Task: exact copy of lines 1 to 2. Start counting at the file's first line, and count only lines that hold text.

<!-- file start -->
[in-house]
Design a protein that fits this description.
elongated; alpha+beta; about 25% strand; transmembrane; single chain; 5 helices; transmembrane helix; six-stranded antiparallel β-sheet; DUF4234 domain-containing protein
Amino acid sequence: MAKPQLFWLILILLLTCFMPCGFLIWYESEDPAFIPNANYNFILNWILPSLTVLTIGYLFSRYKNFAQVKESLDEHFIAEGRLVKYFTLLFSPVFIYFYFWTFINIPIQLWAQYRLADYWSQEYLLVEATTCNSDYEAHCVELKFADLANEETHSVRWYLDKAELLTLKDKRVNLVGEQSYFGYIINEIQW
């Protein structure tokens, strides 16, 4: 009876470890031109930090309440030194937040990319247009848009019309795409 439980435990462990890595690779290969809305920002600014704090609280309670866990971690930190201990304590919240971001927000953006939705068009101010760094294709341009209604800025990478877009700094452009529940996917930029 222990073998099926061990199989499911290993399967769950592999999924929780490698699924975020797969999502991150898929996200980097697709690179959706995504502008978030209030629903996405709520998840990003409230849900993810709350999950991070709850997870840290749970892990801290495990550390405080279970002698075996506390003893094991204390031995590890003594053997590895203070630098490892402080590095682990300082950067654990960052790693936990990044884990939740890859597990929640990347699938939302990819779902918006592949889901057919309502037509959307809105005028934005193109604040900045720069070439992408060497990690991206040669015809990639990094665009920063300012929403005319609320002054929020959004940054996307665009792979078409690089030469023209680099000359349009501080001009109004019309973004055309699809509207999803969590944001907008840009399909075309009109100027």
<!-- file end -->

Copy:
[in-house]
Design a protein that fits this description.